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American runner. At the 1996 Olympics he won both the 200-meter and 400-meter sprints. In 1999, he set a world record for the latter event.

The American Heritage® Dictionary of the English Language, Fifth Edition copyright ©2020 by Houghton Mifflin Harcourt Publishing Company. All rights reserved.
 
Johnson, James Weldon 1871-1938.
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American writer and educator who was executive secretary of the NAACP (1920-1930). His books include The Autobiography of an Ex-Colored Man (1912).

The American Heritage® Dictionary of the English Language, Fifth Edition copyright ©2020 by Houghton Mifflin Harcourt Publishing Company. All rights reserved.
 
Johnson, James Price 1894-1955.
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American pianist and composer noted for his ragtime compositions and show tunes, including "The Charleston" (1923), from the musical Running Wild.

The American Heritage® Dictionary of the English Language, Fifth Edition copyright ©2020 by Houghton Mifflin Harcourt Publishing Company. All rights reserved.
 
Johnson, William Julius Known as "Judy." 1899-1989.
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American baseball player who is considered among the finest third basemen in history. His batting average exceeded .300 for most of his 20 seasons in the Negro Leagues (1918-1937).

The American Heritage® Dictionary of the English Language, Fifth Edition copyright ©2020 by Houghton Mifflin Harcourt Publishing Company. All rights reserved.
 
Johnson, Earvin Known as "Magic." Born 1959.
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American basketball player. As a guard for the Los Angeles Lakers (1979-1991), he led his team to five world championships and was named the National Basketball Association's most valuable player three times.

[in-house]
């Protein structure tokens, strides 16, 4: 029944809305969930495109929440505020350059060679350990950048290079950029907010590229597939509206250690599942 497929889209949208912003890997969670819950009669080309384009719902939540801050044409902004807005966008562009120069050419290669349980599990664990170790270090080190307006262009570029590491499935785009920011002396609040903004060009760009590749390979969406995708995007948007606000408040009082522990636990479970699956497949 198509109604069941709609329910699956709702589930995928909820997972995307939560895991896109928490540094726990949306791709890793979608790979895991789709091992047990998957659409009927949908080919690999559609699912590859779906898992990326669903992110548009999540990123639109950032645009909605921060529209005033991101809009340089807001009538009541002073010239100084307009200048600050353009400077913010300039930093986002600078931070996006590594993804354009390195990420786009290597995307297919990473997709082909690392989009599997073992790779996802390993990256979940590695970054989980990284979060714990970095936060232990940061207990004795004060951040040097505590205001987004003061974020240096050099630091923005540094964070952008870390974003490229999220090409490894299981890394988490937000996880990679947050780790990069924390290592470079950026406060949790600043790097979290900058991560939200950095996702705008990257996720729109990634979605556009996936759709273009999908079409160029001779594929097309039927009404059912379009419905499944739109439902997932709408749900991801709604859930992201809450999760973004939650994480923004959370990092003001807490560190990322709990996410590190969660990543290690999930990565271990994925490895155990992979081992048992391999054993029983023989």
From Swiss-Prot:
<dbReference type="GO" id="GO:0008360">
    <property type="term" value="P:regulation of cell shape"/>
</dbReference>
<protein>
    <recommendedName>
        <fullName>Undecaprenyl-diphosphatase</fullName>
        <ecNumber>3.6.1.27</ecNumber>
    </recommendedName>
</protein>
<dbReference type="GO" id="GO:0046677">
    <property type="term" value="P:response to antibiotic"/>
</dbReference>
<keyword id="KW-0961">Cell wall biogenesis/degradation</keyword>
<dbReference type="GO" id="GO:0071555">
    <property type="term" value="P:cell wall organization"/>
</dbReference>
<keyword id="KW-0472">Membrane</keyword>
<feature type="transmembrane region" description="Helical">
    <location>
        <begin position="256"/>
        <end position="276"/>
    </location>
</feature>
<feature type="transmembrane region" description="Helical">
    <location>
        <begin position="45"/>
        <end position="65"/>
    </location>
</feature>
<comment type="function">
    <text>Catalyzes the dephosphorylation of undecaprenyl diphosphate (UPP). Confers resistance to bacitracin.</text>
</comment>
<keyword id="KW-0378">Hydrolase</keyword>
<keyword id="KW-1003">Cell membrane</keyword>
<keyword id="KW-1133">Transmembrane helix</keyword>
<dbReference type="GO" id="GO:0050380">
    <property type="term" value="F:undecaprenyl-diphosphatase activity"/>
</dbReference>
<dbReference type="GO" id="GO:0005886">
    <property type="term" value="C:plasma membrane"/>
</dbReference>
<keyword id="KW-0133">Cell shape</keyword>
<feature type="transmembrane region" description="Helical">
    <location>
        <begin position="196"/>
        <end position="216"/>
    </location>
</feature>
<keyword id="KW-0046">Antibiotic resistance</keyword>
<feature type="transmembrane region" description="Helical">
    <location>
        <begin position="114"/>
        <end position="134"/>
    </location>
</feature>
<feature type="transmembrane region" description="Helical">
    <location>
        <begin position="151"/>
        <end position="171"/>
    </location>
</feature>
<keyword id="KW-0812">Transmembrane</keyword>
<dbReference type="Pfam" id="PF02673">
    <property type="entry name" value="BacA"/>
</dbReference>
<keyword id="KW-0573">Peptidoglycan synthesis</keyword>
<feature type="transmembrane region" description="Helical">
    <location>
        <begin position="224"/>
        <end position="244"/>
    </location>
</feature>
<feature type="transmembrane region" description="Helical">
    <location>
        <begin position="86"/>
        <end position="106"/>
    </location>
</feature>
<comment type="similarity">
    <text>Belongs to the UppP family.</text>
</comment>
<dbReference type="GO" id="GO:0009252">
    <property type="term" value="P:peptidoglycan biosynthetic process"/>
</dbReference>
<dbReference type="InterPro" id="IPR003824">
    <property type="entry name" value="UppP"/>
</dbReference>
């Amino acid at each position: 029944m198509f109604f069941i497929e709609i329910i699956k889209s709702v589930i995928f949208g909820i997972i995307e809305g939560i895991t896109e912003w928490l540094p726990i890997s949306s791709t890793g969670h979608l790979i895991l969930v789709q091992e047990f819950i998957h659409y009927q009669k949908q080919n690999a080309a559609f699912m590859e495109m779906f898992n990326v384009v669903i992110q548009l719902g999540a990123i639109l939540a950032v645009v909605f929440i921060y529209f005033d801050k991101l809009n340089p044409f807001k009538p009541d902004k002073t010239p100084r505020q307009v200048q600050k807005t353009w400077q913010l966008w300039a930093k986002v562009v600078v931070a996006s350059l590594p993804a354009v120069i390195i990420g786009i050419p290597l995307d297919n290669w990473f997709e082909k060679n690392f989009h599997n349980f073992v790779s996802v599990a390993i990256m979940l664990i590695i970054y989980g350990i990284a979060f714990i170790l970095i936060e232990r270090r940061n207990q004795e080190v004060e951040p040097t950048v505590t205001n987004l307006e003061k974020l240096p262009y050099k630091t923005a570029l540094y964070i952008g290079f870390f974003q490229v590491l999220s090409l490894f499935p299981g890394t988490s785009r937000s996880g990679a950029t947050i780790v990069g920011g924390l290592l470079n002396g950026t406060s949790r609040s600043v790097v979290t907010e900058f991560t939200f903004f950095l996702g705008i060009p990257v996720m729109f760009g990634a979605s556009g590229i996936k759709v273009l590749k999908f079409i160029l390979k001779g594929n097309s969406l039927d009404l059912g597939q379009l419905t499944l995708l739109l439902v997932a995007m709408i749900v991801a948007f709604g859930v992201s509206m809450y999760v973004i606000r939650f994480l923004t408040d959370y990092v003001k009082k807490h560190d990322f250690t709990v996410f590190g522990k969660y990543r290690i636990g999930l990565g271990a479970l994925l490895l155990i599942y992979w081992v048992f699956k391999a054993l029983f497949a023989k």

The American Heritage® Dictionary of the English Language, Fifth Edition copyright ©2020 by Houghton Mifflin Harcourt Publishing Company. All rights reserved.
 
Johnson, Sir William 1715-1774.
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Irish-born American pioneer and public official. In the French and Indian Wars he defeated the French at Lake George (1755) and captured Niagara (1759).

The American Heritage® Dictionary of the English Language, Fifth Edition copyright ©2020 by Houghton Mifflin Harcourt Publishing Company. All rights reserved.
 
Johnson, Claudia Alta Taylor Known as "Lady Bird." 1912-2007.
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First lady of the United States (1963-1969) as the wife of President Lyndon Johnson. She directed a nationwide beautification project.
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Lady Bird Johnson

The American Heritage® Dictionary of the English Language, Fifth Edition copyright ©2020 by Houghton Mifflin Harcourt Publishing Company. All rights reserved.
 
Johnson, Walter Perry Known as "Big Train." 1887-1946.
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American baseball player. A right-handed pitcher for the Washington Senators (1907-1927), he won 20 or more games a season for 10 consecutive seasons and set a major-league record for career shutouts (110).

The American Heritage® Dictionary of the English Language, Fifth Edition copyright ©2020 by Houghton Mifflin Harcourt Publishing Company. All rights reserved.
 

Indo-European & Semitic Roots Appendices

    Thousands of entries in the dictionary include etymologies that trace their origins back to reconstructed proto-languages. You can obtain more information about these forms in our online appendices:

    Indo-European Roots

    Semitic Roots

    The Indo-European appendix covers nearly half of the Indo-European roots that have left their mark on English words. A more complete treatment of Indo-European roots and the English words derived from them is available in our Dictionary of Indo-European Roots.